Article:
Jeanne Dielman, 23 Commerce Quay, 1080 Brussels is the Greatest Cinematic Depiction of Reality. Here’s Why.

There’s something I find ludicrous about the way we change our states of being into ones that are happier and pleasanter for the photographs taken of us. I’ve often wondered as to why we find it so difficult to not look presentable in pictures, thereby creating a character on-the-spot that often times fails to become a true representation of ourselves. In my head, I sometimes picture the boy in that photo he took with his parents who are no more, several years later, all broken down, lonely, and helpless, looking at the image and feeling no comfort, because in it are three fake people with fake expressions on their faces. There’s no shoulder for him to cry on, and no authenticity to take him back. Isn’t faking your emotions in a snapshot just as evil as falsely retelling history? In fact, isn’t that exactly what it is?

Chantal Akerman was around 25 years old when she decided to make a movie with an all-female crew and a protagonist whose mannerisms were inspired by her mother. With a minuscule government grant to support her endeavor, she created in 1975 a film later christened with the mouthful title Jeanne Dielman, 23 Commerce Quay, 1080 Brussels. I saw it for the first time semi-late last year, after reading about Akerman and the troubled second-half of her life that ultimately ended in suicide. What I got was a movie very similar to what that photograph mentioned earlier was not. It portrayed bitter reality, with no giving in or compensating, with time flowing as it should, and with events happening as they are expected to. Despite this, it was like nothing I had ever seen before it, and in case you hadn’t guessed already, it kind of surprised me.

There was a short period of silence in my home, I remember, after the last shot came to a close and the credits started rolling. It was well past midnight, and I was wrapped in thought. Though it’s impossible for me to recall what was going on in my head at the time, I can say for sure that I felt as though life was a lot more than what I had thought of it previously. It was interesting to me to realize that cinema had this power to create a sort of dent in my then-existent ideology. The days after my initial viewing of the film, I began to notice strange things occurring within my actions. For example, I distinctly remember getting ready for my final year of high school the following morning and polishing my shoes in the exact same manner as Jeanne Dielman had done in the movie. It sounds like a pretty pointless thing to write about on here, but at the time, I took that action as seriously as the film’s title character did. In short, this picture latched onto me for several weeks after I had been witness to its execution, and in all honesty, I was starting to enjoy it a bit.

The film got me thinking about how boring we are as people. I’m boring, you’re boring, even the comedians who have entertained you and made you laugh till it hurt are boring. It’s only a handful of moments in every day of our lives when we do something exciting or different. Before writing this article, for instance, I did a couple of things that I am able to recall right now. I rode around on my bike, saw a couple short films, and ate shawarma for dinner. Everything else that happened to me are events I don’t consider important enough to store in my brain, and that is simply because they’re routine in nature. They happen everyday. I think it’s a core characteristic in all human beings to cherish the extraordinary, and that’s only natural. Such is the case with many of our movies as well. They portray events that don’t necessarily frequent the lives of the general public, and this is able to cause some intrigue in the minds of the audience. Maybe that’s why Jeanne Dielman, 23 Commerce Quay, 1080 Brussels stuck out to me, because it is a celebration of an uninteresting life. The film doesn’t exactly have a coherent and structured plot, and it is considered by many to be a “slow” cinematic experience. The only reason I even decided to watch the film was due to the fact that it got a Criterion Collection release. I’m glad I did though, because I was able to have one of the most fascinating episodes of my entire life the night I saw it. Funny that it was all about someone else, then.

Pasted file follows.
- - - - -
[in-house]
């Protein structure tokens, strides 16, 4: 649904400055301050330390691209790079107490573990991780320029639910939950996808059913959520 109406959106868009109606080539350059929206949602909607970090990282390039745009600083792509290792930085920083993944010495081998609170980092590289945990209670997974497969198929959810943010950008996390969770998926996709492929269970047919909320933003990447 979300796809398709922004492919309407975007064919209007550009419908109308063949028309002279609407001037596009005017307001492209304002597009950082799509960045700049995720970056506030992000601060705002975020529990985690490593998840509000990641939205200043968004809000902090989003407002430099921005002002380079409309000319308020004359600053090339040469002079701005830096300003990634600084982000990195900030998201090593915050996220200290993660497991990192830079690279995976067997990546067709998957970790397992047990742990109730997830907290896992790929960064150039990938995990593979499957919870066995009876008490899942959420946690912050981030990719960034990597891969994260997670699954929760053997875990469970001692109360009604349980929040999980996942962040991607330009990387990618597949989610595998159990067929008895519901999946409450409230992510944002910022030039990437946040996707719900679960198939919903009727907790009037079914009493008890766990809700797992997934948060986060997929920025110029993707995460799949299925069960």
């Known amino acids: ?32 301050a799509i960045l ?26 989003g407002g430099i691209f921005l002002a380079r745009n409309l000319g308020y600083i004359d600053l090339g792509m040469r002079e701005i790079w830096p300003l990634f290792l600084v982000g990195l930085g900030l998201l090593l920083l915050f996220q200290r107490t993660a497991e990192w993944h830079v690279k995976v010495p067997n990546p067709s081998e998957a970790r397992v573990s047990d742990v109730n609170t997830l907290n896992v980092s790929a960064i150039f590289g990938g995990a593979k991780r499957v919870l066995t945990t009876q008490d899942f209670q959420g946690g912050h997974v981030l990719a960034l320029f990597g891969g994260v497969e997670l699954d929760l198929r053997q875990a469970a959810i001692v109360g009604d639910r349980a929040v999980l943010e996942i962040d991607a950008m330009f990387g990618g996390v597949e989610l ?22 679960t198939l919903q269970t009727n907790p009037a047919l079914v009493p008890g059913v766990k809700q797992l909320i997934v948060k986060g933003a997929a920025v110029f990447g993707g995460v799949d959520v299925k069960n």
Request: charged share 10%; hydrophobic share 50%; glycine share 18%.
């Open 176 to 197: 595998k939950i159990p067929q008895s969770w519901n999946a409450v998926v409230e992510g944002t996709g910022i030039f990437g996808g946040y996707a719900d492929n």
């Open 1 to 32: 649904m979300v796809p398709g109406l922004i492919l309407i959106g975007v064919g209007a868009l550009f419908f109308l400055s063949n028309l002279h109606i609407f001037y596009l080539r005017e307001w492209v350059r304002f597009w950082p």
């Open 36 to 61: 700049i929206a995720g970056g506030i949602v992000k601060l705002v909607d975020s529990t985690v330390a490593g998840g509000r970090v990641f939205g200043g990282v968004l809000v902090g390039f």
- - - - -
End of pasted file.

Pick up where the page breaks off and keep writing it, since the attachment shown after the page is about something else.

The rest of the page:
Jeanne Dielman is a film about the monotony of existence. And what better example is there to portray such a life than a mother who manages the work at home? Our protagonist is a middle-aged housewife with a past that she tries to forget. We’re never given any information about her being outside of the three days that are depicted in the movie. Her husband passed on a couple of years back, and she’s trying her best to make it through all by herself. With a son to care for and chores to do, she performs sex work for gentlemen who arrive at her place during the evening in order to raise money, and that’s about as exciting as it gets for her. Her days are meticulously woven and tightly packed with things to do that she never sees a dull moment. The points of interest in her everyday tasks as far as she is concerned are making sure that the plates are all clean, the food is cooked just right, and everything is timed to the second.

The title of this film is simply Dielman’s address. It’s the blandest way to describe a person, as there are no character traits or emotions passed on. Before viewing the picture, all we know about her is her name and where she lives. Even when we see the film, Akerman makes sure that the audience never get too close to the woman. Therefore, from the opening onward, everything is shown from a distance. There are no close-ups and there are no tilts or pans. Every shot is directed from a straight-on angle that sometimes even fails to capture our characters in satisfactory ways (or to put it more simply, like we’ve seen in other films). It’s as if the filmmakers didn’t care enough about Dielman, and this further isolates her from the rest of the world. Ironically, all of that aids in making the audience care more about the poor lonely mother, because if not for them, it feels as if there’s no one by her side. We become interested in her life, and subconsciously participate in the activities that she performs, creating a connection so strong that few other films can match up to it.